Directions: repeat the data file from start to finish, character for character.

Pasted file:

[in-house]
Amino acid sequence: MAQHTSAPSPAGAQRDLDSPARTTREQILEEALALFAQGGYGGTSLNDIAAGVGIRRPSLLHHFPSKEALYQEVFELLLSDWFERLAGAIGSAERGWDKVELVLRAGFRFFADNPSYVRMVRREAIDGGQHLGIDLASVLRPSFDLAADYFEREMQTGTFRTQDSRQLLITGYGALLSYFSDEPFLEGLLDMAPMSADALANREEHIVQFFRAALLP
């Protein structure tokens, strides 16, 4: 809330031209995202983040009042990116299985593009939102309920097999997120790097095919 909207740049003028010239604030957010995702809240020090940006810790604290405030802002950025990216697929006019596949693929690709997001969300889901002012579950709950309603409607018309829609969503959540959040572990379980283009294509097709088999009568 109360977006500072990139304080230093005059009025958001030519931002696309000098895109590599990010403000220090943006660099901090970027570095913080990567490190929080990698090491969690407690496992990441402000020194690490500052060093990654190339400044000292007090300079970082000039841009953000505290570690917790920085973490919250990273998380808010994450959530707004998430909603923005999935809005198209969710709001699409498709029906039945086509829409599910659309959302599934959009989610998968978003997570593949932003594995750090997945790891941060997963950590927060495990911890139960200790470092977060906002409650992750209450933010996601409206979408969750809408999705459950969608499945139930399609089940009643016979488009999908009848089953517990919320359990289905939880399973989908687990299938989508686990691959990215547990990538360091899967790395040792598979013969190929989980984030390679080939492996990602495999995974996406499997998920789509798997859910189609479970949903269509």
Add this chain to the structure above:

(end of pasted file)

[in-house]
Amino acid sequence: MAQHTSAPSPAGAQRDLDSPARTTREQILEEALALFAQGGYGGTSLNDIAAGVGIRRPSLLHHFPSKEALYQEVFELLLSDWFERLAGAIGSAERGWDKVELVLRAGFRFFADNPSYVRMVRREAIDGGQHLGIDLASVLRPSFDLAADYFEREMQTGTFRTQDSRQLLITGYGALLSYFSDEPFLEGLLDMAPMSADALANREEHIVQFFRAALLP
């Protein structure tokens, strides 16, 4: 809330031209995202983040009042990116299985593009939102309920097999997120790097095919 909207740049003028010239604030957010995702809240020090940006810790604290405030802002950025990216697929006019596949693929690709997001969300889901002012579950709950309603409607018309829609969503959540959040572990379980283009294509097709088999009568 109360977006500072990139304080230093005059009025958001030519931002696309000098895109590599990010403000220090943006660099901090970027570095913080990567490190929080990698090491969690407690496992990441402000020194690490500052060093990654190339400044000292007090300079970082000039841009953000505290570690917790920085973490919250990273998380808010994450959530707004998430909603923005999935809005198209969710709001699409498709029906039945086509829409599910659309959302599934959009989610998968978003997570593949932003594995750090997945790891941060997963950590927060495990911890139960200790470092977060906002409650992750209450933010996601409206979408969750809408999705459950969608499945139930399609089940009643016979488009999908009848089953517990919320359990289905939880399973989908687990299938989508686990691959990215547990990538360091899967790395040792598979013969190929989980984030390679080939492996990602495999995974996406499997998920789509798997859910189609479970949903269509």
Add this chain to the structure above: